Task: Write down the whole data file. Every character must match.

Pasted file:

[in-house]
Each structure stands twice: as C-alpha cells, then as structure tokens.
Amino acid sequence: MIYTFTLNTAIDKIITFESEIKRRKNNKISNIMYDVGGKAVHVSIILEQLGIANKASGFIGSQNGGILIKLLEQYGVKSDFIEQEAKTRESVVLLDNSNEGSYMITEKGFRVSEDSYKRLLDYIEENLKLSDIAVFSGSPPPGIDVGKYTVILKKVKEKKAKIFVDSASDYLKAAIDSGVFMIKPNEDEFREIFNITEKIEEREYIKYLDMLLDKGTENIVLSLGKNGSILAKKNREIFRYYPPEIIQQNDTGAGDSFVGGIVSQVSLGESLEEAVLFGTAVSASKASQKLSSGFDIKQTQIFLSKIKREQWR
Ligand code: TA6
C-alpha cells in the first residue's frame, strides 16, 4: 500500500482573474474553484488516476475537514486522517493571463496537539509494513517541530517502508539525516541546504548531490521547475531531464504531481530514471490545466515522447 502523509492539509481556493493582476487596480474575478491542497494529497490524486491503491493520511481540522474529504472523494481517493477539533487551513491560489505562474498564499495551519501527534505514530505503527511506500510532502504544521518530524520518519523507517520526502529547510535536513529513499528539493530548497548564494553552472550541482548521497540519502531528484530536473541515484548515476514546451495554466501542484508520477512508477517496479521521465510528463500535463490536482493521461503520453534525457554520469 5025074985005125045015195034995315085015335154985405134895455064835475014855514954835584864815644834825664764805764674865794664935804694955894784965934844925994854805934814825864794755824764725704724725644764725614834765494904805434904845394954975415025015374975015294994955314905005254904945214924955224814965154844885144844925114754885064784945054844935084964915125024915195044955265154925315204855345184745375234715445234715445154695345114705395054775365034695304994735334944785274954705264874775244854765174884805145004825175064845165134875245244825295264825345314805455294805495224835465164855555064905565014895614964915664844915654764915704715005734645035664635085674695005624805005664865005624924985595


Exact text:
[in-house]
Each structure stands twice: as C-alpha cells, then as structure tokens.
Amino acid sequence: MIYTFTLNTAIDKIITFESEIKRRKNNKISNIMYDVGGKAVHVSIILEQLGIANKASGFIGSQNGGILIKLLEQYGVKSDFIEQEAKTRESVVLLDNSNEGSYMITEKGFRVSEDSYKRLLDYIEENLKLSDIAVFSGSPPPGIDVGKYTVILKKVKEKKAKIFVDSASDYLKAAIDSGVFMIKPNEDEFREIFNITEKIEEREYIKYLDMLLDKGTENIVLSLGKNGSILAKKNREIFRYYPPEIIQQNDTGAGDSFVGGIVSQVSLGESLEEAVLFGTAVSASKASQKLSSGFDIKQTQIFLSKIKREQWR
Ligand code: TA6
C-alpha cells in the first residue's frame, strides 16, 4: 500500500482573474474553484488516476475537514486522517493571463496537539509494513517541530517502508539525516541546504548531490521547475531531464504531481530514471490545466515522447 502523509492539509481556493493582476487596480474575478491542497494529497490524486491503491493520511481540522474529504472523494481517493477539533487551513491560489505562474498564499495551519501527534505514530505503527511506500510532502504544521518530524520518519523507517520526502529547510535536513529513499528539493530548497548564494553552472550541482548521497540519502531528484530536473541515484548515476514546451495554466501542484508520477512508477517496479521521465510528463500535463490536482493521461503520453534525457554520469 5025074985005125045015195034995315085015335154985405134895455064835475014855514954835584864815644834825664764805764674865794664935804694955894784965934844925994854805934814825864794755824764725704724725644764725614834765494904805434904845394954975415025015374975015294994955314905005254904945214924955224814965154844885144844925114754885064784945054844935084964915125024915195044955265154925315204855345184745375234715445234715445154695345114705395054775365034695304994735334944785274954705264874775244854765174884805145004825175064845165134875245244825295264825345314805455294805495224835465164855555064905565014895614964915664844915654764915704715005734645035664635085674695005624805005664865005624924985595